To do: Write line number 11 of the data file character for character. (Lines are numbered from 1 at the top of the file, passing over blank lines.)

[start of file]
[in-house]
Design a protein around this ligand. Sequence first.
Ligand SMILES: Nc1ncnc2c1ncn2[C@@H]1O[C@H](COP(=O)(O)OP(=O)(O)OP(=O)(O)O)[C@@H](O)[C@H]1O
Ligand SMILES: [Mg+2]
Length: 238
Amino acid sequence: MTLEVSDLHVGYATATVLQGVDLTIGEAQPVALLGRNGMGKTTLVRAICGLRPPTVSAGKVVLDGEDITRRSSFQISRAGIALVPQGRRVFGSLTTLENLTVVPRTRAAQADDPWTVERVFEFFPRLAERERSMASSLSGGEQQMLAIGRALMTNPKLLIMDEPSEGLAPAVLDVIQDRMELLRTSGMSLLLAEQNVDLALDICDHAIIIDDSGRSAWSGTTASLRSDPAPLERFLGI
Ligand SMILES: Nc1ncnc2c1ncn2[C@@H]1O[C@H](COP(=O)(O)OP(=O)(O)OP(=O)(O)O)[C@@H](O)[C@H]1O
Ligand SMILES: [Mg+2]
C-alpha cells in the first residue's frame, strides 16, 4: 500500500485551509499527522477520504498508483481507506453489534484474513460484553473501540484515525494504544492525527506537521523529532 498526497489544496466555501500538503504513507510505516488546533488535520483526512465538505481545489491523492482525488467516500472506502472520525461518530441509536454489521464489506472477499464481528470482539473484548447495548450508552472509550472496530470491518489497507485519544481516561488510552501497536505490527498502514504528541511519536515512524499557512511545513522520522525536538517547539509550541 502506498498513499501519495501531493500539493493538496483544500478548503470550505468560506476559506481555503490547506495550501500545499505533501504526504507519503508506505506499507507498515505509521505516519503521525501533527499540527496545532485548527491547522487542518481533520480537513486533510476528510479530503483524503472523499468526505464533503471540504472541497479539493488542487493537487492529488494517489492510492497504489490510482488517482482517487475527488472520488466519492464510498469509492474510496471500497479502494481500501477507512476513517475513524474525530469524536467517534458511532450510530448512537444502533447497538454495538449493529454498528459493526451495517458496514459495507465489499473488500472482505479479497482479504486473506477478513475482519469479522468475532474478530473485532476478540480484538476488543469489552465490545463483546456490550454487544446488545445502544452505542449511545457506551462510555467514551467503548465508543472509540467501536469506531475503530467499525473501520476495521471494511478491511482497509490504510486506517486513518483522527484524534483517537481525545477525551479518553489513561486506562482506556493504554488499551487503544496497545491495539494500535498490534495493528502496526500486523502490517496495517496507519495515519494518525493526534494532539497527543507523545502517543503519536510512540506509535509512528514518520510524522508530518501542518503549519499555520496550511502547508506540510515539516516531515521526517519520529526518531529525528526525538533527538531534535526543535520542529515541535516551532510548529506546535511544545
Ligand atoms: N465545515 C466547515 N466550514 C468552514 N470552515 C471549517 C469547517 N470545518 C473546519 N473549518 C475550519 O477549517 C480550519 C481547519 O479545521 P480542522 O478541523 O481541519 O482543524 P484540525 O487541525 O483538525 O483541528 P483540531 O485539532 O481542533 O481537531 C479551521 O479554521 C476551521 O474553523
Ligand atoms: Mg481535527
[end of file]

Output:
Ligand atoms: Mg481535527